“The only person you are destined to become is the person you decide to be.” – Ralph Waldo Emerson
Far removed from adventures on both coasts, and 15 marathons, I found myself at a crossroads just 5 months ago.
Unquestionably, I reached a low point as a runner – weight gain, self doubt, a lingering ankle injury and lack of motivation. Each run brought excruciating pain shooting through my legs. It was going to take a lot of work to regain fitness and a passion for the sport.
A series of events then played out in May:
- On the morning of the Fargo Marathon, I tried to talk myself out of running the half marathon. With my friend Jason battling cancer, though, I knew there were no good excuses to skip the race, even if it was going to hurt.
- Next, trips to the chiropractor and a physician helped determine the source of several ankle and foot issues while ruling out structural damage.
- Finally, accepting that I wasn’t going to be the same runner as I had once been, I decided to just be consistent. Run every day, even if for only a few miles.
Weeks and weeks passed passed. No weight loss. I bought gym shorts for my workouts because I couldn’t fit into my usual running gear.
My mind raced, covering a variety of topics, while during Saturday long runs on gravel roads south of town. Sometimes I wondered if it was always this difficult. Other times I doubted whether I could run twice the distance to complete a marathon again. At times I remembered Jason’s battle with cancer, moments when my mom was still alive and fun times with Riley, who had ran with me while training for each of my previous marathons.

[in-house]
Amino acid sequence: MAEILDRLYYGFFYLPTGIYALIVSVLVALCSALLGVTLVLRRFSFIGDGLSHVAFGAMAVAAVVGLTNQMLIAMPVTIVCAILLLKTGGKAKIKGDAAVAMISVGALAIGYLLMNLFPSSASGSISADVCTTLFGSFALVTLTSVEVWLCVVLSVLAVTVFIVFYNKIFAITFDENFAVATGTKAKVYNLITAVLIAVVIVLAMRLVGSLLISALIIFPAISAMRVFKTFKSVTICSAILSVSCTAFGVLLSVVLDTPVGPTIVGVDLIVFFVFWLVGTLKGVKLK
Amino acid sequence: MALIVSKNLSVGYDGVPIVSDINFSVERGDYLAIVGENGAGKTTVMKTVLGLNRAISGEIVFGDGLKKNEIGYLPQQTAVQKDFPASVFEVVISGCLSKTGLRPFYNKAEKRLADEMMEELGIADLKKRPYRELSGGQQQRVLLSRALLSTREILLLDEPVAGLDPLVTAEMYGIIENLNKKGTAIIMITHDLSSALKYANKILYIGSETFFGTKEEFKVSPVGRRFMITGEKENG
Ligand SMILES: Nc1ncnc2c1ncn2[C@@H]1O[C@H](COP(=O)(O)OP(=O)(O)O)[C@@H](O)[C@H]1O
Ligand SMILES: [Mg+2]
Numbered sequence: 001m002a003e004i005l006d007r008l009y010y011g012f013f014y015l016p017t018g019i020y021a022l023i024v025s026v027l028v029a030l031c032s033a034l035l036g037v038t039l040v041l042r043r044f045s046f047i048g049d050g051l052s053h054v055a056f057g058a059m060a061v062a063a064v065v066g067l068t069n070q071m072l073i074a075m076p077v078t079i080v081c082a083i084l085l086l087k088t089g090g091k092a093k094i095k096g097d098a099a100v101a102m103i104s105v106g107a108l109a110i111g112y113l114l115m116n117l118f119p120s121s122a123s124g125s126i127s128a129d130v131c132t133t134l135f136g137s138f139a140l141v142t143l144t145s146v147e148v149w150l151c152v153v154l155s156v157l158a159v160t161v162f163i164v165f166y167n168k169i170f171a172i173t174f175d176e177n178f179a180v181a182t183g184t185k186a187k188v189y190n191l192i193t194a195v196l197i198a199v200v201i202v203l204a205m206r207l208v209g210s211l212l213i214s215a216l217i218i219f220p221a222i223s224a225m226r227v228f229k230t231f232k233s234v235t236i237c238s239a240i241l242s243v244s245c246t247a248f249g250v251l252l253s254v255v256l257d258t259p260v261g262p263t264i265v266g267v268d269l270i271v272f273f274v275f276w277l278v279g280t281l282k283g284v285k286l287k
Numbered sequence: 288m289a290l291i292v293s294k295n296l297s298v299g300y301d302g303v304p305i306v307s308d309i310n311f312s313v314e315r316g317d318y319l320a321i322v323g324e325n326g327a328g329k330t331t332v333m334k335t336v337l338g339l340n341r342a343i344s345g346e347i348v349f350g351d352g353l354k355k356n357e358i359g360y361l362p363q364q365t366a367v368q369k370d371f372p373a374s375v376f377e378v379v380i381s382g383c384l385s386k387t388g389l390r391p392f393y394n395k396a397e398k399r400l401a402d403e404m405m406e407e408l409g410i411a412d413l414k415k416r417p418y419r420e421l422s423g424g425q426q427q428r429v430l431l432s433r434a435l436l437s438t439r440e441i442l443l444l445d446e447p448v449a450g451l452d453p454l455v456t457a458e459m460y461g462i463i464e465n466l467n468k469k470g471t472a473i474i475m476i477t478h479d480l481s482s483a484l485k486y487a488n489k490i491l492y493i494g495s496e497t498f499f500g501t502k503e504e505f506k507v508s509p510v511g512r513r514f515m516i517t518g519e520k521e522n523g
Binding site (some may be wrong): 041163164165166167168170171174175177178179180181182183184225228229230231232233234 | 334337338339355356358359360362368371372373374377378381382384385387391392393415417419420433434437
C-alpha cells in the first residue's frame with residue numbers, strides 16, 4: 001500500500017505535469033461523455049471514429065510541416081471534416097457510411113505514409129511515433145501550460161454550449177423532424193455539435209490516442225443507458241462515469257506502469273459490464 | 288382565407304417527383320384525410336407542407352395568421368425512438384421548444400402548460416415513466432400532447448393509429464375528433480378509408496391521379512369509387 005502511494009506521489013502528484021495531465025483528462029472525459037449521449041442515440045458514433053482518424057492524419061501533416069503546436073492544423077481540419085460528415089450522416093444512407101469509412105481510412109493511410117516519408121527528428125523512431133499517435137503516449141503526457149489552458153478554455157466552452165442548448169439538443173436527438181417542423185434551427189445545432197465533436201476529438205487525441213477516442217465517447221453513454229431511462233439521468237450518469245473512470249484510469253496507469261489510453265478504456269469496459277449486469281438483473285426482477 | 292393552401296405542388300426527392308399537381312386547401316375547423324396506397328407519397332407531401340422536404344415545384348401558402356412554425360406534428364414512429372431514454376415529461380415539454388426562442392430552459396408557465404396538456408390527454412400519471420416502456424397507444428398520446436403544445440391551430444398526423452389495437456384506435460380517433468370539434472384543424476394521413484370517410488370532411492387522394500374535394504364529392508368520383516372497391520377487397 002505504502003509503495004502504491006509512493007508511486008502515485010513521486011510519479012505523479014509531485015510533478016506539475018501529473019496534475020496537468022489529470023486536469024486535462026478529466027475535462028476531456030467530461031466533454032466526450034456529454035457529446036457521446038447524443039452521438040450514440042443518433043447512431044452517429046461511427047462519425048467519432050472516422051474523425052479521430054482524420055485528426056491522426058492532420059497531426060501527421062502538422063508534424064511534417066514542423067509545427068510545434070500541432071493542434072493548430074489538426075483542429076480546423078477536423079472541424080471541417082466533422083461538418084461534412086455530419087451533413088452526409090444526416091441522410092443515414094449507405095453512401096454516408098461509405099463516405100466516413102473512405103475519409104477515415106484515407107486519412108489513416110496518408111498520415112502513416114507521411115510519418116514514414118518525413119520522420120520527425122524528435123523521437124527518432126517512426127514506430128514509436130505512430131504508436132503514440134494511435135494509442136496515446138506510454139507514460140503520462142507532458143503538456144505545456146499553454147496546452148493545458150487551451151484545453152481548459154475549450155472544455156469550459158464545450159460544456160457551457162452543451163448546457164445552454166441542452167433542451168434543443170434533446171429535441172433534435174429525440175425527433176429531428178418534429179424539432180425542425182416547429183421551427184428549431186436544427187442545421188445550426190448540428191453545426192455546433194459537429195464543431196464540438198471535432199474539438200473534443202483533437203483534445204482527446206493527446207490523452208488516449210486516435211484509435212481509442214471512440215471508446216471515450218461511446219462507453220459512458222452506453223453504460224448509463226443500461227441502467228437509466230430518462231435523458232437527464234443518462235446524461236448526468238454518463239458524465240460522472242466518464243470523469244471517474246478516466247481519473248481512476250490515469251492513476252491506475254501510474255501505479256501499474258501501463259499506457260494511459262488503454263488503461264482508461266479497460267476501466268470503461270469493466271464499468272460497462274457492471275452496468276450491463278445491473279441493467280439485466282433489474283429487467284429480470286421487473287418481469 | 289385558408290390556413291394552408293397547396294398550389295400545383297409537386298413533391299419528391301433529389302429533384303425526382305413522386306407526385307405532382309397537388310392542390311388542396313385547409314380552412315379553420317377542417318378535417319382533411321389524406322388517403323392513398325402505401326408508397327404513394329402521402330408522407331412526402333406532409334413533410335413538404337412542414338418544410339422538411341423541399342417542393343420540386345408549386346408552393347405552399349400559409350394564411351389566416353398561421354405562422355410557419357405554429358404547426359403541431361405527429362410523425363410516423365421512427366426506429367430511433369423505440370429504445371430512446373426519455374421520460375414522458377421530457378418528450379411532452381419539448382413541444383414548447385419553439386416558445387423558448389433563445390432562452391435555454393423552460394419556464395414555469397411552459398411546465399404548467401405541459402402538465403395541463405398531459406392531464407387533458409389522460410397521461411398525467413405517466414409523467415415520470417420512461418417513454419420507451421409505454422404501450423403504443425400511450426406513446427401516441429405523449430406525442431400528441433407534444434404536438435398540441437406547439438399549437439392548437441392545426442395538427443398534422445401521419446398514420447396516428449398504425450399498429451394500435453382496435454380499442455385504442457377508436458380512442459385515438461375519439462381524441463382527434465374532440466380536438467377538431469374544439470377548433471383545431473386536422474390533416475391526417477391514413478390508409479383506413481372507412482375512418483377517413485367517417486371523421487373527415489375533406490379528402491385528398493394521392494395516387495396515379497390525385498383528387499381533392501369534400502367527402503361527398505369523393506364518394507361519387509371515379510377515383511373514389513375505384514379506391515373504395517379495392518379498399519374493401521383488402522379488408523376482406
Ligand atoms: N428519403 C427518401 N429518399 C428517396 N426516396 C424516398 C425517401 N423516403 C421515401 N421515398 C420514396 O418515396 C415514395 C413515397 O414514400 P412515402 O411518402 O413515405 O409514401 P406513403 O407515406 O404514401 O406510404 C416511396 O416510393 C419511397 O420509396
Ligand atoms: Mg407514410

There were so many times I wondered if I would consider my past good enough. Would I actually be trained enough to run the New York City Marathon? And I vowed that I would not go there simply to complete it – going through the motions is simply not in my DNA.
Along the way, running became very personal to me. Fitness improved but I couldn’t outrun my thoughts. My body didn’t break down during training. Instead, my legs felt stronger each week. The weight began coming off. Running became a little bit easier, even during the oppressive humidity of July and August.
My goals began to build as I aimed to run more each week, each month. I logged two-a-days with the Wild Hog training group on Wednesdays. I fought off fatigue to keep my streak of consecutive running days going. Perseverance never seemed more powerful.
So when my co-workers gave me a big send-off this week for New York, my voice cracked and I struggled to hold back my emotions. Running has become personal. Training for this race has been personal. The journey has been a symbol of what its taken to get to New York, and how I’ve been shaped and influenced in all my life. That history is captured in this video slideshow.